I got the idea for making Boston brown bread when I saw several big cans of B&M Brown Bread in my mother’s kitchen cupboard the other day. Bread in a can — how weird is that? It’s surprisingly edible, and might be just the thing to stock for the next hurricane. But if you live outside of New England, good luck finding it. “I know what you’re talking about, we don’t have it, and you’re the first person who’s ever asked for it!” said my local grocer.
I wanted to make this bread from scratch anyway, since it dates back to colonial times, or nearly so. Wheat flour was scarce in the American colonies, so “make-do” breads were made from other flours, or a combination of wheat and other flours. Boston brown bread — called just brown bread in New England — contained rye flour, wheat flour, and cornmeal. These were mixed with molasses and buttermilk, and the bread was steamed in a kettle over a fire.
According to John Mariani’s Dictionary of American Food and Drink, this bread dates back to the time of the Puritans. One theory is that 17th-century settlers steamed bread because few of them had ovens, and it was an easy way to make bread over an open fire. But other food historians claim that this bread didn’t exist until well into the 19th century, and that it was predated by baked yeast breads like Rye and Indian, made from rye flour and cornmeal.
So I’m not sure this is truly colonial bread. (On days like this, I feel like calling my blog Possibly Revolutionary Pie.) At any rate, it’s very old. It was usually steamed in cylindrical or melon-shaped metal molds, and eventually the resourceful New Englanders started using coffee cans, a tradition that continues today. I used a one-quart metal pudding mold, which would have been typical in the 18th or 19th century. I followed a recipe by Evan Jones from American Food, with some help from Laurie Colwin’s Home Cooking, one of my favorite cookbooks of all time. This bread takes a while but is very easy and worth the time. It has the consistency of a moist muffin, with a rich molasses flavor that improves over a day or two.
There are two steaming methods for brown bread, and I tried both. You can let the pot simmer on the stovetop or in the oven. Either way takes three hours, and the results are pretty similar. The oven method is a little simpler because you don’t need to adjust the heat. I think the oven-steamed bread was slightly drier, but not too much so. I liked them both!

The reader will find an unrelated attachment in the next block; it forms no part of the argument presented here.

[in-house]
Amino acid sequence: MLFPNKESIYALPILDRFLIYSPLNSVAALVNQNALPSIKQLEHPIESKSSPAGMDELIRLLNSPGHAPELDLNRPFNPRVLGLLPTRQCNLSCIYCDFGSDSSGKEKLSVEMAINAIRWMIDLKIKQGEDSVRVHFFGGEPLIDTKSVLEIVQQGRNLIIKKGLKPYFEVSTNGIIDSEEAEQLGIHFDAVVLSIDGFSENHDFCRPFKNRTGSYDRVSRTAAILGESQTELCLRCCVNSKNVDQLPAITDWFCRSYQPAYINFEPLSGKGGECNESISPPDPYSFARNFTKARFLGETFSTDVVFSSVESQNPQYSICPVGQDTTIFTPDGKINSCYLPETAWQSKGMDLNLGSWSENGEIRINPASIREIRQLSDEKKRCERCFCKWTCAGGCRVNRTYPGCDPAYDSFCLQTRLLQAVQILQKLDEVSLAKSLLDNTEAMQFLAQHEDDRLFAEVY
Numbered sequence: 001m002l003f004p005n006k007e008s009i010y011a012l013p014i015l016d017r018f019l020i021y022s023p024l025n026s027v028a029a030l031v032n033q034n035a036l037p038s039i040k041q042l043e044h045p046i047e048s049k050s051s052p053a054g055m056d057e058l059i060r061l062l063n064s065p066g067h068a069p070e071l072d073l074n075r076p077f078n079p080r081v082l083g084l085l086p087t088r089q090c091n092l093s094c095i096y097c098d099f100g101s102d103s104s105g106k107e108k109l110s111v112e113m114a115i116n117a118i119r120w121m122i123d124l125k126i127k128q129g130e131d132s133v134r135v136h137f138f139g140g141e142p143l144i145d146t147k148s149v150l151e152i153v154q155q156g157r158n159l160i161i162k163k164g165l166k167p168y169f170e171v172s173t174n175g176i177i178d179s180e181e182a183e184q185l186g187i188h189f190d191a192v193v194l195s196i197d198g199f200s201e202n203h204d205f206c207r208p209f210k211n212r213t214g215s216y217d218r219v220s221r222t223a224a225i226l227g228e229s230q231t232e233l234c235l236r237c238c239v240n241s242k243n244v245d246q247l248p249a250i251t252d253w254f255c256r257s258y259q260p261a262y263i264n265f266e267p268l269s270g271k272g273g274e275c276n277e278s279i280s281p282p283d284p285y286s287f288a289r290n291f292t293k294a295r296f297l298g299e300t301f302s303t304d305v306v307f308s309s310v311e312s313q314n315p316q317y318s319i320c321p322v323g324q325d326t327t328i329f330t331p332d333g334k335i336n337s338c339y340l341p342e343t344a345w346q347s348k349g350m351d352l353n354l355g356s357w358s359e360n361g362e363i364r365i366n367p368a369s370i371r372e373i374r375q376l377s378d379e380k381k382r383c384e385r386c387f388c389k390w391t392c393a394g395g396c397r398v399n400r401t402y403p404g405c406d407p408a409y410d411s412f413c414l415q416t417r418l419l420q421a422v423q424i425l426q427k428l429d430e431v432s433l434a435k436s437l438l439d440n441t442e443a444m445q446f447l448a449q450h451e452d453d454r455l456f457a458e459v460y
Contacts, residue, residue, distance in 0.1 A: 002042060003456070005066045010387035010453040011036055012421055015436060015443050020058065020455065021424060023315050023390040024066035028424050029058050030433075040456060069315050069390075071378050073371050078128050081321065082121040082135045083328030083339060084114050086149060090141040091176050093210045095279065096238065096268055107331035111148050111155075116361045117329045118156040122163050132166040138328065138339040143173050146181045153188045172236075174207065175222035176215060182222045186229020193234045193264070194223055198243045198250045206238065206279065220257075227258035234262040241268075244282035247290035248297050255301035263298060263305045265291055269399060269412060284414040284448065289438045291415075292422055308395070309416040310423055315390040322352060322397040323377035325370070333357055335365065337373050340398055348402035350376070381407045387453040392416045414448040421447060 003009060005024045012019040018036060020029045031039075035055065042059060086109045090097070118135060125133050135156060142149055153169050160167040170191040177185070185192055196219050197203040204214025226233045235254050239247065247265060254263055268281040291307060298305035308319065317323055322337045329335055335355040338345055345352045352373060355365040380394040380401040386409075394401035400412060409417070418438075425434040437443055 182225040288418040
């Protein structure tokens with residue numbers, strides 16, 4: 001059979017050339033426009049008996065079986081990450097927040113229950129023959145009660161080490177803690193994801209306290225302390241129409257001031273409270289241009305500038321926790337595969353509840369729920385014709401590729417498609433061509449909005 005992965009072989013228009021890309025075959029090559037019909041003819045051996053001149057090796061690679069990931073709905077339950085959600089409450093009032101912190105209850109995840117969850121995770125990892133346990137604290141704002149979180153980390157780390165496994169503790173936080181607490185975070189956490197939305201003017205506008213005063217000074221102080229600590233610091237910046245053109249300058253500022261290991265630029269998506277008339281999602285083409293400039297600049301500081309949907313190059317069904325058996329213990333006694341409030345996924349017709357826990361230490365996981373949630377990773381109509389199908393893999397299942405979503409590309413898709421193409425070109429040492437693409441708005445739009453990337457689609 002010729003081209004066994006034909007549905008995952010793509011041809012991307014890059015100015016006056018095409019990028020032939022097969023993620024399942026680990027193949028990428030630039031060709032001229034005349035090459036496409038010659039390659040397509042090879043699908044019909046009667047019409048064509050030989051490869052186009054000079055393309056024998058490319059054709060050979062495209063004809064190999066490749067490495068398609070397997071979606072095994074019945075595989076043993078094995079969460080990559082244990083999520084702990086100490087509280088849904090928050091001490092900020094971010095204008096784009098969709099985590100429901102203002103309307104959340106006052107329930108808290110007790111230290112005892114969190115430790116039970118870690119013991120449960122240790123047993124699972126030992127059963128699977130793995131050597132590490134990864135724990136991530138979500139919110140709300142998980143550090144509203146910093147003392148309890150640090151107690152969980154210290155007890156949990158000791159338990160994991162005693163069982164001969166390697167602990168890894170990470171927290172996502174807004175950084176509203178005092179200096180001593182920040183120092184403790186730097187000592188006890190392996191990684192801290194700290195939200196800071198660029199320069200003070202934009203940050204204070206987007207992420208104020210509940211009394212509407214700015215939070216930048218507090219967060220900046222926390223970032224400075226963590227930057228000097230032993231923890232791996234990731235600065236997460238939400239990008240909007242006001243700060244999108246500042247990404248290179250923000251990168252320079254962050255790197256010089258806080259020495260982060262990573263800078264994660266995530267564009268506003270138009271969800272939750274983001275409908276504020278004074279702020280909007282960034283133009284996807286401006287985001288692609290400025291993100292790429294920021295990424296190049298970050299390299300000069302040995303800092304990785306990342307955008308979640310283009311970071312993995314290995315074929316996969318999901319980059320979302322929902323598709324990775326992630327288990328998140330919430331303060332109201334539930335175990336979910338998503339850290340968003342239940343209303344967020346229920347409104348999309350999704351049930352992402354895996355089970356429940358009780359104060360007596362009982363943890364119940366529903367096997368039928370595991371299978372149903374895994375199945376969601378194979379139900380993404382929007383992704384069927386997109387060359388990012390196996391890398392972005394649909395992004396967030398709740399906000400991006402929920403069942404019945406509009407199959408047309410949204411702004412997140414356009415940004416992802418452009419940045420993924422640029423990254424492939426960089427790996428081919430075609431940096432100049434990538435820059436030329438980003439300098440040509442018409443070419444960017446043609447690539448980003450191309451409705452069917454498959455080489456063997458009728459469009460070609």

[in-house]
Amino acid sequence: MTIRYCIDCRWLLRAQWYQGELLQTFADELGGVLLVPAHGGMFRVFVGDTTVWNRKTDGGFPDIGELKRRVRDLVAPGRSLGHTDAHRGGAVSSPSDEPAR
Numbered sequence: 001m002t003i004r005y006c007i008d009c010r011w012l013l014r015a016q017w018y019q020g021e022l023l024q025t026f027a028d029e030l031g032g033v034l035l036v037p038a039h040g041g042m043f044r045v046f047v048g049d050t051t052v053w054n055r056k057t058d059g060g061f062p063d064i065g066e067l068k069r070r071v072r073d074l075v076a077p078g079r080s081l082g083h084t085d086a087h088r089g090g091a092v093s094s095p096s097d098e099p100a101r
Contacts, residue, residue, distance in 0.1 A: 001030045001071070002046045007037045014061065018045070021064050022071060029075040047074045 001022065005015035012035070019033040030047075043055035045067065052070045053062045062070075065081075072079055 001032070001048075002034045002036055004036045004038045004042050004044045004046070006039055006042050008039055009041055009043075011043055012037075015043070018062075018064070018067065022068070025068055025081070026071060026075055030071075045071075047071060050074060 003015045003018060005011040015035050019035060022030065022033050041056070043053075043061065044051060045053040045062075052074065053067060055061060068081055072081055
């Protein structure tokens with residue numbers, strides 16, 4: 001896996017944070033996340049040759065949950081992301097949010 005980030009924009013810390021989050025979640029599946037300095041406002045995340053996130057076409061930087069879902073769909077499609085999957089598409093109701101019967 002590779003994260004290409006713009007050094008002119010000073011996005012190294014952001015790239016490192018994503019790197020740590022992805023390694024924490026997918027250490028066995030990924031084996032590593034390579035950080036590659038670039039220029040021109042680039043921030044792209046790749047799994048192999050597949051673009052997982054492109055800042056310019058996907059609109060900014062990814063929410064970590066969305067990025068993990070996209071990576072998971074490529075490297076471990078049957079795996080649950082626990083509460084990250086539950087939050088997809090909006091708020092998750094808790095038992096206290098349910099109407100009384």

Boston Brown Bread
Adapted from Evan Jones’s American Food
1/2 cup rye flour
1/2 cup whole wheat flour
1/2 teaspoon baking soda
1/2 teaspoon baking powder
1/2 teaspoon salt
1/2 cup yellow cornmeal
1 1/2 cups buttermilk
1/2 cup molasses
1/2 cup raisins or currants
1. Sift the rye and whole wheat flours with the baking soda, baking powder, and salt into a large bowl. Add the cornmeal and mix well. Stir the buttermilk and molasses together, and add to the flour mixture. Blend well, then fold in the raisins.
2. Butter a 1-quart pudding mold generously, including the inside of the lid. Pour in the batter.
Put the lid on the mold and set it on a metal trivet or rack inside a very large pot. Pour boiling water into the pot to reach about halfway up the sides of the mold. Cover pot and steam the bread, simmering on stove over medium-low heat, for 3 hours. Check occasionally to make sure that the water level doesn’t get too low. (Alternatively, place the pot in a 300°F oven for three hours.)
3. Carefully remove the mold from the pot. Take off the lid and place mold in a 300°F oven for 10 minutes to dry the bread a little. Remove from oven, let sit for a few minutes, then invert the mold to release the bread. Serve warm. Bostonians traditionally eat this bread with baked beans for Sunday supper. We’re not fans of baked beans, so we just slathered on butter and jam.
Note: If you’re interested in making this bread using coffee cans, see Aimee Seavey’s “Brown Bread in a Can” on YankeeMagazine.com. Or if you’re feeling very lazy, you can buy the above-mentioned B&M Brown Bread on Amazon or at vermontcountrystore.com.